Atypical presentation of herpetic whitlow as dark brown vesicles in a hyperbilirubinemic patient
A 36-year old Caucasian female with a history of metastatic carcinoma of the ovary was hospitalized for a CT-guided percutaneous biliary drain placement due to compression of the bile duct by metastases causing severe hyperbilirubinemia. Upon admission the patient mentioned lesions in the left index finger that appeared 12–14 days prior to admission as small tingling reddish vesicles which subsequently grew and darkened.
Laboratory findings were: leukocyte count = 11,200/mm3; hemoglobin = 7.2 g/dL; platelets 65,000/mm3; creatinine = 0.6 mg/dL; ALT = 170 IU/ml; AST = 157 IU/ml; total bilirubin = 14.4 IU/ml. One of the lesions was unroofed and a swab taken from the site for viral culture was reported back as HSV 1 infection. Herpetic whitlow is a painful infection that typically affects the fingers, caused by HSV-1 or HSV-2 [1, 2]. Immunocompromised individuals (e.g., cancer) are at increased risk for infection. Clinical presentation includes erythema and small, clear vesicles initially formed individually; then these may coalesce and merge . It is commonly misdiagnosed as a bacterial infection (cellulitis, paronychia or felon) .The atypical dark color in the current case results from the elevated bilirubin, which tends to stain bodily fluids. Although the disease is self-limiting (50 % recurrence rate) [2, 3], famciclovir or valacyclovir [2, 4] are often used by physicians.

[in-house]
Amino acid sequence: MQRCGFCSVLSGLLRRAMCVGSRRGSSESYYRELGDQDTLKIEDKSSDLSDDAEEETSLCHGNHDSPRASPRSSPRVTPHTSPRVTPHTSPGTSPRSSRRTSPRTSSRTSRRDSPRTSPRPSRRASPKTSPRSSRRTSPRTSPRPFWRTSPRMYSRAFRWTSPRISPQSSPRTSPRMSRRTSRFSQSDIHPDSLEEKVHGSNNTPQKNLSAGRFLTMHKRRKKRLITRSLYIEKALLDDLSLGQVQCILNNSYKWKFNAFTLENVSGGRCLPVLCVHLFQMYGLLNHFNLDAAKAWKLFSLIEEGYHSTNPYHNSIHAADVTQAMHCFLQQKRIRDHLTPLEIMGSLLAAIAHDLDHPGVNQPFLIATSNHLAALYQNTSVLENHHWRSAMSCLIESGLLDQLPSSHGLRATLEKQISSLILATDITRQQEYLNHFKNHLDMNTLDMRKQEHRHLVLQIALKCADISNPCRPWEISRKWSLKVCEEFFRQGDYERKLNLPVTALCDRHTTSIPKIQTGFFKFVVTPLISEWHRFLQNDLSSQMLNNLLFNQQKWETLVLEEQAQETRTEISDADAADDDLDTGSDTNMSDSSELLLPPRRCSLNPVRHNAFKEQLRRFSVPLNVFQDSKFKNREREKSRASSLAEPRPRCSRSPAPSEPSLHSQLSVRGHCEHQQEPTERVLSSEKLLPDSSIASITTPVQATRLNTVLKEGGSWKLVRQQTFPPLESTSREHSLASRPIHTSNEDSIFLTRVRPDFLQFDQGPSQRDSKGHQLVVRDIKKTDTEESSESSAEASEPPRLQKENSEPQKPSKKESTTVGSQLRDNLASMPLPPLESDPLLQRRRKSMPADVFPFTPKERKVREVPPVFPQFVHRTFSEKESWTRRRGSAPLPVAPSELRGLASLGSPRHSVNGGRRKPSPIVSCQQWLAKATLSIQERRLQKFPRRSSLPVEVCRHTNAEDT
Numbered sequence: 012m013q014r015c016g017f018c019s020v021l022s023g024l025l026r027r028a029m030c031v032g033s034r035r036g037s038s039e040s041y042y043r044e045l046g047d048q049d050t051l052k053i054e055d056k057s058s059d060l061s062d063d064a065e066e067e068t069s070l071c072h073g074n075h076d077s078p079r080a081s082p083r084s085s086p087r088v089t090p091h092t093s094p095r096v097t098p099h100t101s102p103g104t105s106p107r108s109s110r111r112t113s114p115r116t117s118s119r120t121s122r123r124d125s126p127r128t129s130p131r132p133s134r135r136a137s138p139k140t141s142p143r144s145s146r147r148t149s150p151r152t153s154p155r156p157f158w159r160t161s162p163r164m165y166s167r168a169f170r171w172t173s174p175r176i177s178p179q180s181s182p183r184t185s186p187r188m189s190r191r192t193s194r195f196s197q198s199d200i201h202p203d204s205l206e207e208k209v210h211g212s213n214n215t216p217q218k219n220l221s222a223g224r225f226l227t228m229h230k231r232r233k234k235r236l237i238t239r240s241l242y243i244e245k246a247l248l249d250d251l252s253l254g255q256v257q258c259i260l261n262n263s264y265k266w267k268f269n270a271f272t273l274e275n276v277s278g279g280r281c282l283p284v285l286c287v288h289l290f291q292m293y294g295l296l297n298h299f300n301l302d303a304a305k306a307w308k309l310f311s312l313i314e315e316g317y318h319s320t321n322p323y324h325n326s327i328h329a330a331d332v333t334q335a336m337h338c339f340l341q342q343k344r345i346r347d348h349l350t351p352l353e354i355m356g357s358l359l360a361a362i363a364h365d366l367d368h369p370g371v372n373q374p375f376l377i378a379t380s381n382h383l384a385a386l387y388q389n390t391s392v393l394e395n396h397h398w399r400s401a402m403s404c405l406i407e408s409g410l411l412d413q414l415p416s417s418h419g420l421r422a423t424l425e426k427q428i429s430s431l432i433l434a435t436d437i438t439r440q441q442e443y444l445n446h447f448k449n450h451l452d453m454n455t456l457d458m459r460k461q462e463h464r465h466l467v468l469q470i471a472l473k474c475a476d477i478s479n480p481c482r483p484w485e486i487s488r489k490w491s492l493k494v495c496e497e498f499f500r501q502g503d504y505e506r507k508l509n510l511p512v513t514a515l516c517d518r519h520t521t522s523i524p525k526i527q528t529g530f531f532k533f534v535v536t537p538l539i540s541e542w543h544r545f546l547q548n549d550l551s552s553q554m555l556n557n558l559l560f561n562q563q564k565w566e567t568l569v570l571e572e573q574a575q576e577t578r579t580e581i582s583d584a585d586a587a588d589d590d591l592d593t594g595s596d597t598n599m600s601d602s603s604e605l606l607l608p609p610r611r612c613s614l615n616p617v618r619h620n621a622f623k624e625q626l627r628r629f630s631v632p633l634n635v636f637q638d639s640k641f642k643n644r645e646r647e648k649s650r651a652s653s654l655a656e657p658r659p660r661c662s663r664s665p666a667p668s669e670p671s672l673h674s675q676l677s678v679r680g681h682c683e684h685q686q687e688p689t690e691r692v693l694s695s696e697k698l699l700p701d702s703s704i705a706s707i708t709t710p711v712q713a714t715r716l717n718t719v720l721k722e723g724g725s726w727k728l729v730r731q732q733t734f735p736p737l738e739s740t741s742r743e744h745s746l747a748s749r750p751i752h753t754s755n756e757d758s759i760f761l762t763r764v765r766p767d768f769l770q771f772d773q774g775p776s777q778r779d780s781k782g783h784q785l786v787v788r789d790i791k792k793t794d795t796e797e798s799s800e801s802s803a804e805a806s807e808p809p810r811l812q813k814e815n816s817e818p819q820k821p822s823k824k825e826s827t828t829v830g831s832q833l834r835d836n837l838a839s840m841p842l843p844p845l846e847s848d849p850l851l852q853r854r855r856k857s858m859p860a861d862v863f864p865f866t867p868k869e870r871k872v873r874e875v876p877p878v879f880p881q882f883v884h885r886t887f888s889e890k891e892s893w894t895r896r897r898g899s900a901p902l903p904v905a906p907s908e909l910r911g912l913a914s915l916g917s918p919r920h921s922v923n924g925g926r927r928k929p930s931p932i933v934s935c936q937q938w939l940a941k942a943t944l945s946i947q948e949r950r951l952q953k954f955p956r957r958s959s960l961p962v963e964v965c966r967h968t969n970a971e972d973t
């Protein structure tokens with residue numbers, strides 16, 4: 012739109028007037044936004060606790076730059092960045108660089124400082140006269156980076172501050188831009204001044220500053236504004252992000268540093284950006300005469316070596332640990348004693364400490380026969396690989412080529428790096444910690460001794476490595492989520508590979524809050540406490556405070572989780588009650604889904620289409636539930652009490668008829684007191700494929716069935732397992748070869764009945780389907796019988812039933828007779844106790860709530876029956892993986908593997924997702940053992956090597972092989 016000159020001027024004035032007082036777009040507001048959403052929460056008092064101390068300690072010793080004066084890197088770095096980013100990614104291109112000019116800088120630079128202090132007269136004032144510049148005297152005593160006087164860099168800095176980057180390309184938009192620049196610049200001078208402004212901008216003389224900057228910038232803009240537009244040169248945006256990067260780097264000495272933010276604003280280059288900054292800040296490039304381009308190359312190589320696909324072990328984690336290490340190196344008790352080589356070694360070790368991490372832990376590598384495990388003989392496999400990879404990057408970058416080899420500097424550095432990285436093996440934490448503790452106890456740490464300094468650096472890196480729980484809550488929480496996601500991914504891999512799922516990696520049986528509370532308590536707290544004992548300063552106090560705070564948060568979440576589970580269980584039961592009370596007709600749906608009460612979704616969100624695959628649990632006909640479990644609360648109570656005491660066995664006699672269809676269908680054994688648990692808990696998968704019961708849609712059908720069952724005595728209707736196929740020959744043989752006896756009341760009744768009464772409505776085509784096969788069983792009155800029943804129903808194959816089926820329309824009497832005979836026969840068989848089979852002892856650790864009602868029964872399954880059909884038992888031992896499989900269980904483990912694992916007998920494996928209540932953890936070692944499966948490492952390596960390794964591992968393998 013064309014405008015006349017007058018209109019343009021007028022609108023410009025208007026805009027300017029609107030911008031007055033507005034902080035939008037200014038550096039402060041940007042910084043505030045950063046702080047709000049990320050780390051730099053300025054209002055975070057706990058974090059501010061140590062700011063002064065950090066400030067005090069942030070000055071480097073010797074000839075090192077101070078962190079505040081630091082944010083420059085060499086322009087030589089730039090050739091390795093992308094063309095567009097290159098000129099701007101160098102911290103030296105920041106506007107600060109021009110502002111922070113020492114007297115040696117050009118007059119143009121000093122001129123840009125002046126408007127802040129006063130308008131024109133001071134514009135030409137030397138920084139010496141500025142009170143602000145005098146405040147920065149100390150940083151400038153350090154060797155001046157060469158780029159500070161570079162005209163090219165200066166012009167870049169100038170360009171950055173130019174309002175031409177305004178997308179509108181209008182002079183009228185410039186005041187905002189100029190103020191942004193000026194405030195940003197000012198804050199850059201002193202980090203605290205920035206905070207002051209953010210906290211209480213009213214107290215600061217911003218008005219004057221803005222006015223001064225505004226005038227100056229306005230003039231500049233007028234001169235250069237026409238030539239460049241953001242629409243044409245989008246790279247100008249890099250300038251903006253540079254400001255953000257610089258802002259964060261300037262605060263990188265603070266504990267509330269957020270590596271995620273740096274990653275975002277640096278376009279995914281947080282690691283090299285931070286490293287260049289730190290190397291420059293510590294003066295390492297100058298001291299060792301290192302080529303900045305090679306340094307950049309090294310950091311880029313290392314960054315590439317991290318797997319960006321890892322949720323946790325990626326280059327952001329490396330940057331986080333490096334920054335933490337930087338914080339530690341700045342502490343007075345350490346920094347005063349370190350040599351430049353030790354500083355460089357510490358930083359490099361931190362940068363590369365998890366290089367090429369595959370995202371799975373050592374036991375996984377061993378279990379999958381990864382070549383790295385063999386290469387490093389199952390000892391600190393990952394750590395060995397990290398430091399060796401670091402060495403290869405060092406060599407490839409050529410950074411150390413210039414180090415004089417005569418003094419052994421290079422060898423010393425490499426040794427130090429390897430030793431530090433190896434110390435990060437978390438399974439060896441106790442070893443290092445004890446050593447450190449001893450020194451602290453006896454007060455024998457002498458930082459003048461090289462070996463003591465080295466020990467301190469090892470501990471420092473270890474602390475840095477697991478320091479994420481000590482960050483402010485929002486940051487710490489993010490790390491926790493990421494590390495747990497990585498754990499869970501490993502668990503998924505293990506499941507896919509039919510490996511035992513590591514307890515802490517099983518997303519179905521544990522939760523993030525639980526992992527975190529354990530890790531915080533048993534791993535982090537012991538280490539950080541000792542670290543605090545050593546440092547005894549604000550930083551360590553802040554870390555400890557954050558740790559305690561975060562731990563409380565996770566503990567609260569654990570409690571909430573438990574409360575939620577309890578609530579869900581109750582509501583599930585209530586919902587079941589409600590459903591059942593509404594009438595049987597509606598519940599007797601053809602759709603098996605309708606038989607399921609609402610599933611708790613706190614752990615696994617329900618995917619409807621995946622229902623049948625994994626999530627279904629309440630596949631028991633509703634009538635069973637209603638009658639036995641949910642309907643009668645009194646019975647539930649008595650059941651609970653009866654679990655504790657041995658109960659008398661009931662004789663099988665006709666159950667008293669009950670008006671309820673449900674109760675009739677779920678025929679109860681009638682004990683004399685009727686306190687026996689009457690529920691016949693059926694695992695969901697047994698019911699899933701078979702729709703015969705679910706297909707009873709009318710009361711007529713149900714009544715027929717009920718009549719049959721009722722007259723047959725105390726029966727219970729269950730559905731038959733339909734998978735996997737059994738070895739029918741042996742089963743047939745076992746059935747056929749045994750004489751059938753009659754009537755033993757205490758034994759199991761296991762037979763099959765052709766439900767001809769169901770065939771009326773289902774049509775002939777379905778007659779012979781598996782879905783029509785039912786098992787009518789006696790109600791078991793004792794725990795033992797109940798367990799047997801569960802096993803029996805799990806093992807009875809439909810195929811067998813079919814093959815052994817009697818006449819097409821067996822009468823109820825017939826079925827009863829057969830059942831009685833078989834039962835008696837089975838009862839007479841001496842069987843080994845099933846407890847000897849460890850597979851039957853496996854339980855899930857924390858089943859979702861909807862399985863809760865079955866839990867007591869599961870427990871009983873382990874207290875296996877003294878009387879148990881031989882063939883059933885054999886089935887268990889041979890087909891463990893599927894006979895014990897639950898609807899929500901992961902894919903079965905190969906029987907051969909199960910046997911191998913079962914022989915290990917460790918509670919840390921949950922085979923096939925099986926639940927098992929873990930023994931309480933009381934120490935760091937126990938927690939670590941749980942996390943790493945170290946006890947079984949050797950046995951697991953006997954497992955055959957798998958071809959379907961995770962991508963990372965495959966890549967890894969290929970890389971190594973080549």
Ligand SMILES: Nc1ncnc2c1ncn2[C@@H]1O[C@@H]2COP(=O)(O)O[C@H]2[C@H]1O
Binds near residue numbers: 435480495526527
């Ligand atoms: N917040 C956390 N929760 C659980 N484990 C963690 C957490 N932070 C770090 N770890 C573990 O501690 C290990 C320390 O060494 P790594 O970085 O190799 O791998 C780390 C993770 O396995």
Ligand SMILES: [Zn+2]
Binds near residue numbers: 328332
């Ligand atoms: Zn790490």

This case highlights the challenging diagnosis that HSV infection of the hand can present, emphasizing the importance of knowledge of the various presentations in different patients.
Conflict of interest
All authors report no conflict of interest.